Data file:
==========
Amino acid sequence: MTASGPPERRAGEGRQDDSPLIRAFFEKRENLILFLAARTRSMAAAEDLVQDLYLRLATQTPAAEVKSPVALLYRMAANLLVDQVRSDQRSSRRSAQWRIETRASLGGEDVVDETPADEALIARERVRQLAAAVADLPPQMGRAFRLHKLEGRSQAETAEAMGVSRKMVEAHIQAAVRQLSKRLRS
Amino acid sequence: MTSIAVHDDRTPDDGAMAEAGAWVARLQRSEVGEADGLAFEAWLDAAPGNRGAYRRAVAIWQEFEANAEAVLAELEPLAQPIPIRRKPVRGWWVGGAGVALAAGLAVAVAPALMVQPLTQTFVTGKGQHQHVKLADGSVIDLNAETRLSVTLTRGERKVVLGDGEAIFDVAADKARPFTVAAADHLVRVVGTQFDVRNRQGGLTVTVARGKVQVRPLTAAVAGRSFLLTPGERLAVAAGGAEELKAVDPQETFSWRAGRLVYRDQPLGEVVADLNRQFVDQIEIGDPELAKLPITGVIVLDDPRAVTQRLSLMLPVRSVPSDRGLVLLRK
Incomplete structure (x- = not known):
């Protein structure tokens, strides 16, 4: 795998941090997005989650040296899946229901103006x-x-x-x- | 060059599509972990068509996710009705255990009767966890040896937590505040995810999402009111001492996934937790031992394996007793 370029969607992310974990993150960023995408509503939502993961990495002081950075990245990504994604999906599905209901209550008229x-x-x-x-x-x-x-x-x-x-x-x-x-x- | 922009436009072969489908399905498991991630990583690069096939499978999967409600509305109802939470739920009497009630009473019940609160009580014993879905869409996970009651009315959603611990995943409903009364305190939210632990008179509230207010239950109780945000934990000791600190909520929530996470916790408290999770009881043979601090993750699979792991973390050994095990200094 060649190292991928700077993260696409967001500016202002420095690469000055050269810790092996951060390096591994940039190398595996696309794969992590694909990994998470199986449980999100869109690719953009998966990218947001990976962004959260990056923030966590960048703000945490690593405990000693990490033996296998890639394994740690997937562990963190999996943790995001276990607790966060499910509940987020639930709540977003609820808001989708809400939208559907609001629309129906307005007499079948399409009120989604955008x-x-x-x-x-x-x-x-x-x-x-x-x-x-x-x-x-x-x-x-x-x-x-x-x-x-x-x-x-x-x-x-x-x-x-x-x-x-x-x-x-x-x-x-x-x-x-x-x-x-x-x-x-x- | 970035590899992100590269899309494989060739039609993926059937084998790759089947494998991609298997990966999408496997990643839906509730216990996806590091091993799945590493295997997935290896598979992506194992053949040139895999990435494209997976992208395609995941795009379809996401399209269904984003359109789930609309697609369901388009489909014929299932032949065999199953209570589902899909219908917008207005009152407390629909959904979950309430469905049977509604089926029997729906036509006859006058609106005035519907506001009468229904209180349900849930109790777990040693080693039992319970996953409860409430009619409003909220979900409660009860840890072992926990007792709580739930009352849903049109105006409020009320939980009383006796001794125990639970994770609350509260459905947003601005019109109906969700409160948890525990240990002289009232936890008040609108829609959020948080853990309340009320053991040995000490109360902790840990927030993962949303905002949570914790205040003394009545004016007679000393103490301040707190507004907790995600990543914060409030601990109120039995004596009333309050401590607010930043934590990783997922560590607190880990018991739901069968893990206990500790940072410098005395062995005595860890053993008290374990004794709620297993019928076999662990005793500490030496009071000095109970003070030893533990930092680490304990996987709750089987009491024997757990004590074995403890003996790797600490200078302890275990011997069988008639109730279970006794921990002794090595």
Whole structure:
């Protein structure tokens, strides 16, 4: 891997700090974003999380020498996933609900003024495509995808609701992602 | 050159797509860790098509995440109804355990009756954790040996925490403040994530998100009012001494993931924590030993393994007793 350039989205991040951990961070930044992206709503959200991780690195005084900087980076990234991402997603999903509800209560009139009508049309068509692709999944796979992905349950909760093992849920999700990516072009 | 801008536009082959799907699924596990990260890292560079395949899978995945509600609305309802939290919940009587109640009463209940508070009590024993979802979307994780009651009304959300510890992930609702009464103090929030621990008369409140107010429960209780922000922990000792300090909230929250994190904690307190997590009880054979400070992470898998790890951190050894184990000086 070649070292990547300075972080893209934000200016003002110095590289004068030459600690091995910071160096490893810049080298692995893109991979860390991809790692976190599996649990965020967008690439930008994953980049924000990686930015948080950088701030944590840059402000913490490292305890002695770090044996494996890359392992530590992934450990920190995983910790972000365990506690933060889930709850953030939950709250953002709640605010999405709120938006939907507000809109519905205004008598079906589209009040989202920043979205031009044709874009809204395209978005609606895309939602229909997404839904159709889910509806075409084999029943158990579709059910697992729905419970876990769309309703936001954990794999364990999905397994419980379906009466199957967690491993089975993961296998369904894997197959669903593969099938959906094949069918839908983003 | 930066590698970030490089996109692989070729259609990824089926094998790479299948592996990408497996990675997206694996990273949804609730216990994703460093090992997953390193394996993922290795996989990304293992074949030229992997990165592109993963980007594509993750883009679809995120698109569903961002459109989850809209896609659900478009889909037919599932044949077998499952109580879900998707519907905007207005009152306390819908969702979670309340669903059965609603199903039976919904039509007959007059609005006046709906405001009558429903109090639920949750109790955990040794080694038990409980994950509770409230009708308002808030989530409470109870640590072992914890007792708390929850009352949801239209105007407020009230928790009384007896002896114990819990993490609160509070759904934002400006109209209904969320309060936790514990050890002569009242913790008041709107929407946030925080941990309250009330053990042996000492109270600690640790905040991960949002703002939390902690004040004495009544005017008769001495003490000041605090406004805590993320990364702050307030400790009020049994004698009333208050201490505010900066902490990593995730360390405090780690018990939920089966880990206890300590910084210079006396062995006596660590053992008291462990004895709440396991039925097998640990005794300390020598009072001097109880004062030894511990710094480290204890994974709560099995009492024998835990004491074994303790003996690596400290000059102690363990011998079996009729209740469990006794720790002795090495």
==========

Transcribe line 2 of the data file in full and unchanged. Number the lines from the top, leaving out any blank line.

Amino acid sequence: MTSIAVHDDRTPDDGAMAEAGAWVARLQRSEVGEADGLAFEAWLDAAPGNRGAYRRAVAIWQEFEANAEAVLAELEPLAQPIPIRRKPVRGWWVGGAGVALAAGLAVAVAPALMVQPLTQTFVTGKGQHQHVKLADGSVIDLNAETRLSVTLTRGERKVVLGDGEAIFDVAADKARPFTVAAADHLVRVVGTQFDVRNRQGGLTVTVARGKVQVRPLTAAVAGRSFLLTPGERLAVAAGGAEELKAVDPQETFSWRAGRLVYRDQPLGEVVADLNRQFVDQIEIGDPELAKLPITGVIVLDDPRAVTQRLSLMLPVRSVPSDRGLVLLRK